Wild at Heart

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Sometimes it’s soft and quiet, the sun turning an early morning mist into an orange fog and silhouetting motionless stands of slash pines. At other times the sun rises in a bright festival of magenta-tinged clouds gathering over Lake Okeechobee. However it begins, a morning at the Babcock-Webb wildlife preserve is always magical. Dew-covered dragonflies […]


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Sometimes it’s soft and quiet, the sun turning an early morning mist into an orange fog and silhouetting motionless stands of slash pines. At other times the sun rises in a bright festival of magenta-tinged clouds gathering over Lake Okeechobee. However it begins, a morning at the Babcock-Webb wildlife preserve is always magical.

Dew-covered dragonflies shine like crystalline ornaments as they wait for the sun to dry their wings. White-tailed deer trail silently along hidden paths. Only a sleepy raccoon, curled in the crotch of a tree with his tail covering his eyes, resists the coming dawn.

Chirping woodpeckers flit from tree to tree. Great blue herons and wood storks wade in the shallows while alligators drift slowly through their territorial waters. Carpets of yellow, white and pink wildflowers host a never-ending variety of butterflies, dragonflies, grasshoppers and bees.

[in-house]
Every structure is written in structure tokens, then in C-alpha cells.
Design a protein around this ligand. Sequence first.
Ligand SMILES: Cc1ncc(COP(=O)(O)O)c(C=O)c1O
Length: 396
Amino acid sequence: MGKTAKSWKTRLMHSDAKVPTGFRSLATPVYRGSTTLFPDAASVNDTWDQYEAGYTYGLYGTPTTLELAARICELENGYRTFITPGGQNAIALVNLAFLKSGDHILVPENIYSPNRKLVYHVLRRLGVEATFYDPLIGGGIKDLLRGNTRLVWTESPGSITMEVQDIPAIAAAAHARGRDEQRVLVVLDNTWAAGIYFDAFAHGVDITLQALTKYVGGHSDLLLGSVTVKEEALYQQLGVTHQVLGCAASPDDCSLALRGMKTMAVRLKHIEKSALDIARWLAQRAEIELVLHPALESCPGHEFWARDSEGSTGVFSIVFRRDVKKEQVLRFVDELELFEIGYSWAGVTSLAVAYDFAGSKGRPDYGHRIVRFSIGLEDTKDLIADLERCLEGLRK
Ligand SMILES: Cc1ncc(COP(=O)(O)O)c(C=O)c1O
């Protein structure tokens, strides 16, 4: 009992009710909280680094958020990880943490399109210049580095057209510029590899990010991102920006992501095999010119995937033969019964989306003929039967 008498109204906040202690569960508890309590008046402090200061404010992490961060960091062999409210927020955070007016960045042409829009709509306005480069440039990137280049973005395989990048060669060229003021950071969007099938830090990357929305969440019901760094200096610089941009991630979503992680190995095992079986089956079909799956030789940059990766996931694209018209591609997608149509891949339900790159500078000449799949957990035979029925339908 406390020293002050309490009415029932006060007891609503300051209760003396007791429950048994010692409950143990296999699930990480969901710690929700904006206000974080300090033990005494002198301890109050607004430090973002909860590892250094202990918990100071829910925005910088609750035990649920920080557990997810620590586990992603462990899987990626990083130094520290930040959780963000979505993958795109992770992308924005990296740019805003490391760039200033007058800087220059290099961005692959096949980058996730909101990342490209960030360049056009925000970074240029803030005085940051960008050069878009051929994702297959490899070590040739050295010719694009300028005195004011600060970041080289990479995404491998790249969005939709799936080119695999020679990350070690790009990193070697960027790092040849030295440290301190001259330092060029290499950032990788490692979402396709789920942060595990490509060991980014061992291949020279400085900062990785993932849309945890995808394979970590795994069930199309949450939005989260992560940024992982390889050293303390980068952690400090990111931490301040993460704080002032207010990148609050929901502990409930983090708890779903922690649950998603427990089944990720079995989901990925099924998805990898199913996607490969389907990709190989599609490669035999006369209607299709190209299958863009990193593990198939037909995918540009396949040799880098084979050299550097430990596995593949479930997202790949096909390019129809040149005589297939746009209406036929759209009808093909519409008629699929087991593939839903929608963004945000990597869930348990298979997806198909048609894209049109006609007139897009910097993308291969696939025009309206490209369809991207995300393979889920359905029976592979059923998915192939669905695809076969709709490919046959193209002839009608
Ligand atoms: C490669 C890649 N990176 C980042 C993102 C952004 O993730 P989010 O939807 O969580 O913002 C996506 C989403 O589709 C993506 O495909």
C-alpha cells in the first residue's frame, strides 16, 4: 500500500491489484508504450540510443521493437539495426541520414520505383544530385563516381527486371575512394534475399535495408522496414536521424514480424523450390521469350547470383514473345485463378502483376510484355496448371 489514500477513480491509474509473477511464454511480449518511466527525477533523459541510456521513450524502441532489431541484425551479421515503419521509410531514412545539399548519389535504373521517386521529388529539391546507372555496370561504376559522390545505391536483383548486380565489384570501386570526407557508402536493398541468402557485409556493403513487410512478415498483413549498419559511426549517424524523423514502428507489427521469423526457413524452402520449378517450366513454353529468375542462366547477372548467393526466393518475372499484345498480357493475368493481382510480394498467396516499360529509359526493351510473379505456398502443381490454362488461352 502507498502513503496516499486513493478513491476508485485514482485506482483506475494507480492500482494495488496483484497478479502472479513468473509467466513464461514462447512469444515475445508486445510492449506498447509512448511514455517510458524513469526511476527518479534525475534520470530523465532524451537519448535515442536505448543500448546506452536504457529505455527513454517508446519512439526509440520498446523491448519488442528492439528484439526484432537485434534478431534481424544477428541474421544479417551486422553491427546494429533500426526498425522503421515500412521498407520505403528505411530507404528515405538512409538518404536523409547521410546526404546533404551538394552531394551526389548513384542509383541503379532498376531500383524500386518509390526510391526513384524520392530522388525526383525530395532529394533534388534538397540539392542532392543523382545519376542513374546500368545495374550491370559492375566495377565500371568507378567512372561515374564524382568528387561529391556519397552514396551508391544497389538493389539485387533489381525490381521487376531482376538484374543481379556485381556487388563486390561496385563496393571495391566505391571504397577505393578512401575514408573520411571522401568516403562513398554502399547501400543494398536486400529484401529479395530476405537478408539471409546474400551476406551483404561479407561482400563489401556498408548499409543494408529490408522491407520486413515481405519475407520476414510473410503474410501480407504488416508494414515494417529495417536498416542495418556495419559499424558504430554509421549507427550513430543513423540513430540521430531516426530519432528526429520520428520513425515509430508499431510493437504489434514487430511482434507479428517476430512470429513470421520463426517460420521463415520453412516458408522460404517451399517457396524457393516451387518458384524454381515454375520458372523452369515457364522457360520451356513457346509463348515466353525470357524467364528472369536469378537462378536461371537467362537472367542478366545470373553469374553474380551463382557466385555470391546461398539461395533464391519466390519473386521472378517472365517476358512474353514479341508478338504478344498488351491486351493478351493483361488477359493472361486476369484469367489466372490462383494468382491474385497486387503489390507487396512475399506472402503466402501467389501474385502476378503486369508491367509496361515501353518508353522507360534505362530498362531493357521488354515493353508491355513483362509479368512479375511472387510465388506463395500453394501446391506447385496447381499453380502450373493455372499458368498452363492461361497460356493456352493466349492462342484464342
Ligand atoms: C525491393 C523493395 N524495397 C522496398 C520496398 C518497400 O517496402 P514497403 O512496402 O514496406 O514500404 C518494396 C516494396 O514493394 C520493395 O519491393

Where else in Southwest Florida can you drink in so much nature, from the clean, sweet smells of the damp earth to the deliciously soft morning air against your face?

The Babcock-Webb Wildlife Management Area spans more than 65,000 acres and shares the same ecosystem as its next-door neighbor, the Babcock Ranch. Home to one of the largest remaining undeveloped wet pine flat woods in Florida, it’s also habitat to many of Florida’s native species. Visitors to the preserve will understand what’s at stake as the region wrestles with the controversial development of the enormous Babcock Ranch, and why it’s worth working to keep at least some of that land wild.

VISITOR’S GUIDE

What The state’s Babcock-Webb Wildlife Management area is one of the region’s last underdeveloped expanses of wet pine flatwoods.

Where Charlotte County, near Punta Gorda. From I-75, take exit 158 east one-quarter mile to the entrance.

Hours Daily hiking and exploring, from half an hour before sunrise until half an hour after sunset; recreational camping (nonhunting) from 5 p.m. Fridays to 9 p.m. Sundays, and some holidays. Camping for hunters is allowed seven days a week during hunting season.

Fees $6 per car or $3 per person

Best Time to Visit All year, except on hunting days (unless you’re a hunter).

Where to Go/What to Do Drive along Tucker Grade, Oil Well Grade, Tram Grade and Seaboard Grade or take the hiking trails along all roads; you can also fish, camp, horseback ride or hunt.

Creature Comforts Bring water, snacks and bug spray. Restroom facilities along Webb Lake Road.










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